The effect of the tax reform act of 1986 on the location of assets in financial services firms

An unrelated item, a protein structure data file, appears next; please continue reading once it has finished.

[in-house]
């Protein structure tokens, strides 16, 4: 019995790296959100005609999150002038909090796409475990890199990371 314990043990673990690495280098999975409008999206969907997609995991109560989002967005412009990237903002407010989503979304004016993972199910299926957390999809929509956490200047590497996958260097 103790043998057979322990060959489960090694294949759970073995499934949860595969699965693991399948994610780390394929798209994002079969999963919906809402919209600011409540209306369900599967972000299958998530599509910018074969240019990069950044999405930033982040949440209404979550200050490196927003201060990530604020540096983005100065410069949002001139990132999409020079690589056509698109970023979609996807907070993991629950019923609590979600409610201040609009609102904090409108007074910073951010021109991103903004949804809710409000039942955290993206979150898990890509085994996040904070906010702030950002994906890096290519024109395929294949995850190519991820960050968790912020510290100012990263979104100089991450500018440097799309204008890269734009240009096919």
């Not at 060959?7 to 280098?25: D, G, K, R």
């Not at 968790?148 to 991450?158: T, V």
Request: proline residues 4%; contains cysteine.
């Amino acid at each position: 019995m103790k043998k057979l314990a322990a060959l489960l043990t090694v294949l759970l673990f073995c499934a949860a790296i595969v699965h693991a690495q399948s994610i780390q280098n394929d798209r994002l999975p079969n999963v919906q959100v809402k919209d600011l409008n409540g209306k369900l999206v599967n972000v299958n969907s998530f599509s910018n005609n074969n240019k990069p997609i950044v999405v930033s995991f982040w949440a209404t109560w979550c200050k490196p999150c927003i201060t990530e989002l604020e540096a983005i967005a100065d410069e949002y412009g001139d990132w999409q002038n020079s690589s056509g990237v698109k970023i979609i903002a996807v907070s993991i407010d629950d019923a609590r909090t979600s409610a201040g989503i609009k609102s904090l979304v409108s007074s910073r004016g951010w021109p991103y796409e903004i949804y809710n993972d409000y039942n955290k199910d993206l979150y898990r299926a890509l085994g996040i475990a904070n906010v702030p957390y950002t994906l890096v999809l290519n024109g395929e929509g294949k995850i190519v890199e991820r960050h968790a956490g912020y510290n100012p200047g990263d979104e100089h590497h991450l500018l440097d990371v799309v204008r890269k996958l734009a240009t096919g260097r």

This paper examines the effects of the Tax Reform Act of 1986 on the international location decisions of U.S. financial services firms. The Act included rule changes that made it substantially more difficult for U.S. firms to defer U.S. taxes on overseas financial services income held in low-tax jurisdictions. These same rule changes were not applied to other forms of income; in particular, income generated from active manufacturing operations was still eligible for deferral after the Act. We use information from the tax returns of U.S. corporations to examine how local taxes affect the allocation of assets held abroad. We find that, before the Act, the location of assets in financial subsidiaries was responsive to differences in host country tax rates across jurisdictions. However, after the Act, differences in host country tax rates no longer explain the distribution of assets held in financial services subsidiaries abroad. In contrast, we find that assets held in manufacturing subsidiaries have become more sensitive to variations in tax rates. Our results suggest that the tightening of the anti-deferral provisions applicable to financial services companies has been successful in neutralizing the effect of host country income taxes on investment location decisions.
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